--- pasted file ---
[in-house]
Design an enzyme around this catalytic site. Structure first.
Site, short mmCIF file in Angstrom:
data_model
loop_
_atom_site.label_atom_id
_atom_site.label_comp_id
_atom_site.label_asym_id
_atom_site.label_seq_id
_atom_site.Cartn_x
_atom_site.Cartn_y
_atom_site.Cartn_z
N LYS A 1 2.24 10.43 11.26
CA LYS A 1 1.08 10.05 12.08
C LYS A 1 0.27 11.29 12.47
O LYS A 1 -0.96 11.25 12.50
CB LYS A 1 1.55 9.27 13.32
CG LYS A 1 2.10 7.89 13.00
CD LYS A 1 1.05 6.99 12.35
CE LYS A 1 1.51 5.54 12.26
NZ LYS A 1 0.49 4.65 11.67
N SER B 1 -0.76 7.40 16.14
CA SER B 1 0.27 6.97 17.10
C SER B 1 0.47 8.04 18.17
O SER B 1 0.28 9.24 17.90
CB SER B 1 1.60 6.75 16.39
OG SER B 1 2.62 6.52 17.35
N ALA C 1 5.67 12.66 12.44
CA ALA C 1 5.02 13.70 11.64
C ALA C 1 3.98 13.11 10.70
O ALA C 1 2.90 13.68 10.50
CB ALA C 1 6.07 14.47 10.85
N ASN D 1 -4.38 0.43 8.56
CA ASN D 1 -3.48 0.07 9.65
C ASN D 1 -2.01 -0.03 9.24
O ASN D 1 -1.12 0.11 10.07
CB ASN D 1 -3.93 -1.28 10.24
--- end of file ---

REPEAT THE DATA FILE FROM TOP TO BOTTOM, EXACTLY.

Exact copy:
[in-house]
Design an enzyme around this catalytic site. Structure first.
Site, short mmCIF file in Angstrom:
data_model
loop_
_atom_site.label_atom_id
_atom_site.label_comp_id
_atom_site.label_asym_id
_atom_site.label_seq_id
_atom_site.Cartn_x
_atom_site.Cartn_y
_atom_site.Cartn_z
N LYS A 1 2.24 10.43 11.26
CA LYS A 1 1.08 10.05 12.08
C LYS A 1 0.27 11.29 12.47
O LYS A 1 -0.96 11.25 12.50
CB LYS A 1 1.55 9.27 13.32
CG LYS A 1 2.10 7.89 13.00
CD LYS A 1 1.05 6.99 12.35
CE LYS A 1 1.51 5.54 12.26
NZ LYS A 1 0.49 4.65 11.67
N SER B 1 -0.76 7.40 16.14
CA SER B 1 0.27 6.97 17.10
C SER B 1 0.47 8.04 18.17
O SER B 1 0.28 9.24 17.90
CB SER B 1 1.60 6.75 16.39
OG SER B 1 2.62 6.52 17.35
N ALA C 1 5.67 12.66 12.44
CA ALA C 1 5.02 13.70 11.64
C ALA C 1 3.98 13.11 10.70
O ALA C 1 2.90 13.68 10.50
CB ALA C 1 6.07 14.47 10.85
N ASN D 1 -4.38 0.43 8.56
CA ASN D 1 -3.48 0.07 9.65
C ASN D 1 -2.01 -0.03 9.24
O ASN D 1 -1.12 0.11 10.07
CB ASN D 1 -3.93 -1.28 10.24